I’m really excited to be bringing you this Advent season guest-reflection, by my dear friend and colleague Jennifer Helminski! Here she is…
The nights are getting longer as winter fast approaches. Our plant and animal kin in the northern hemisphere are slowing down and transitioning to rest, hibernation, and going underground for the season– and yet for many of us, this is the busiest and most stressful time of the year. Students (like myself) are slogging through the end of the semester with whatever gas is left in the tank, and many of us are traveling and answering the demanding call of family holiday traditions, of shopping and gift-giving, while hoping to avoid a trinity of surging viruses. At the time of year when we should heed natural rhythms and do the least, we expect ourselves (and sometimes one another) to do the very most.
I don’t know about you, but I am tired. Tired of unnatural, disordered ways of moving through our lives without being deeply rooted in them. Tired of feeling out of touch with the passage of time because I am so busy juggling demands and meeting one deadline after another. Tired of ignoring what my body is telling me about needing to slow down. Tired of the lack of presence in myself and others.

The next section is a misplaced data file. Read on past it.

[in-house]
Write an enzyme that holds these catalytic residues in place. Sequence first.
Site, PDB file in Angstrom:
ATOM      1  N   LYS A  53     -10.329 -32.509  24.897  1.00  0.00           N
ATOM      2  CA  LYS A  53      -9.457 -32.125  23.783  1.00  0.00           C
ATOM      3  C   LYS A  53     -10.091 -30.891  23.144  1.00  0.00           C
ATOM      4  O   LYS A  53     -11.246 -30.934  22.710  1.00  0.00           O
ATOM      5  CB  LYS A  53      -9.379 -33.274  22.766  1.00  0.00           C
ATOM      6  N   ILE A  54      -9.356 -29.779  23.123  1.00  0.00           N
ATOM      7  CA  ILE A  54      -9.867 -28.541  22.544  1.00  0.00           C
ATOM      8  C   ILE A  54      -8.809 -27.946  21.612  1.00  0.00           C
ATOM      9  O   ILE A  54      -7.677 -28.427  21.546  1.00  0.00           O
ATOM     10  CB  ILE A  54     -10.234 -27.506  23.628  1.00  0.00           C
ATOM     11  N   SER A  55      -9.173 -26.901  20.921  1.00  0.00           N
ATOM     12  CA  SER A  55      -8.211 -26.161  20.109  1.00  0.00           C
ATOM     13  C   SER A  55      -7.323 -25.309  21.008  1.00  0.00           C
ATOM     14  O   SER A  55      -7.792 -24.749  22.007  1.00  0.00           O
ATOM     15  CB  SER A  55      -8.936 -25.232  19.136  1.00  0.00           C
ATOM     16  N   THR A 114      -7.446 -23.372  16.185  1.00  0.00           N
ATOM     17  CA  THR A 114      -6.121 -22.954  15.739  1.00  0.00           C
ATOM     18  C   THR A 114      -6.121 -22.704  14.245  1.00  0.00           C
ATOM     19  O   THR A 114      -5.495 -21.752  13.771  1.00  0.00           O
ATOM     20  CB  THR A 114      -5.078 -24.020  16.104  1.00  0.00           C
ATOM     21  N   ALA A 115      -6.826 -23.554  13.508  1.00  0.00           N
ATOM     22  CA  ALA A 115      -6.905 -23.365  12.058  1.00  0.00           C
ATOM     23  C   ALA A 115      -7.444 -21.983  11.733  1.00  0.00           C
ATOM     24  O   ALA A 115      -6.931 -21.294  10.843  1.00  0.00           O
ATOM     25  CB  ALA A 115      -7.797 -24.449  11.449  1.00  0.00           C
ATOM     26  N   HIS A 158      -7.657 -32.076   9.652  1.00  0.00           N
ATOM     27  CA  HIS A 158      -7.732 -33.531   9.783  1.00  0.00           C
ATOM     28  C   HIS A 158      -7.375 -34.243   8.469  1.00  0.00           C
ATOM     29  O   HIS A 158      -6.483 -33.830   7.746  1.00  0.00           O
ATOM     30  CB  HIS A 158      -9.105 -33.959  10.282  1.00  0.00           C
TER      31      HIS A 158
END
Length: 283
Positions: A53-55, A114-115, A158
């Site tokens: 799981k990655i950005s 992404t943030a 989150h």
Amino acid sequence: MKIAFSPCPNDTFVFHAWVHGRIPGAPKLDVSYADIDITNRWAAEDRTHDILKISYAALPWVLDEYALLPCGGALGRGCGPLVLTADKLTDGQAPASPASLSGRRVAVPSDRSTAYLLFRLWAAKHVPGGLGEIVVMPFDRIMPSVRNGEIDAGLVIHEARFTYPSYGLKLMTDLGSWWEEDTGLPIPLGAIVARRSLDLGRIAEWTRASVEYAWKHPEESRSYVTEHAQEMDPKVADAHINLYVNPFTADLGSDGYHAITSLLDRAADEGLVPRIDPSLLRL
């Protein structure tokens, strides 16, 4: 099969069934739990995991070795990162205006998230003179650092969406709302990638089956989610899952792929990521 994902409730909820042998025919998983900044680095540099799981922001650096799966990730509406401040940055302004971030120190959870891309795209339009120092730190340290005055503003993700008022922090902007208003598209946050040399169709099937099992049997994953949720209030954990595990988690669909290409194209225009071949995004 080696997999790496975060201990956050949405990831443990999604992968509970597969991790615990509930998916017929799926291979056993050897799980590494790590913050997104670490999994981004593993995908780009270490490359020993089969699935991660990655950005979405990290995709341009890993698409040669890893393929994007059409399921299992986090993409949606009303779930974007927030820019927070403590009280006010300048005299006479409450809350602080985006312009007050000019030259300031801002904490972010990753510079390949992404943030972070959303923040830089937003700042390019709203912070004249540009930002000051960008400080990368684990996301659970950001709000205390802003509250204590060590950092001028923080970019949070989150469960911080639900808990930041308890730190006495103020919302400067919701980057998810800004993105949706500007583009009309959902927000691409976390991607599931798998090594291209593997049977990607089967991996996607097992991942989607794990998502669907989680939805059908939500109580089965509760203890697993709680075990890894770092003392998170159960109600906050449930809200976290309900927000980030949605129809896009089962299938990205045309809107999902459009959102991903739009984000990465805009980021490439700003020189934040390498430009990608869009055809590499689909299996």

So, you know what I’ve started to do? I’ve started to say no. I’ve become more discerning about what drains me and what fills me up, what erodes me and what brings me joy. With support from others, I am setting new boundaries and creating new habits that are more aligned with my well-being and the life I want to be living.
This has by no means been an easy feat for me, and I imagine the same might be the case for you. And so, I would like to extend this invitation to you, dear reader: if you gave yourself radical permission to live the life you desire, what would that look and feel like? What if we were to interrupt the life-denying forces of capitalism and tradition, which thrive on our unconscious participation, in order to slow down, to breathe into our beings, to take a sacred pause and reassess? What new wonders might we experience? What new modes of being and interbeing? I cannot imagine a more life-giving, redeeming, and joyful subversion.
Today we celebrate the Third Sunday of Advent which is also called “Rose Sunday” or “Gaudete Sunday” from the Latin meaning rejoice! Today is a day all about joy, as we have heard in our readings: “Cry aloud, inhabitants of Zion, ring out your joy…”, “Rejoice in the Lord always…” So we light the pink candle on the Advent wreath to remind us to be joyful in the Lord, that our hearts might open in gratitude and gentleness.
Now, I admit I find it a little funny that the Gospel reading on a day of such joy begins with John the Baptist admonishing a crowd of people that have come to him to be baptized, calling them a brood of vipers. That’s a pretty spicy opener in my book. And he follows that insult with an interesting question: Who warned you to flee from the wrath to come?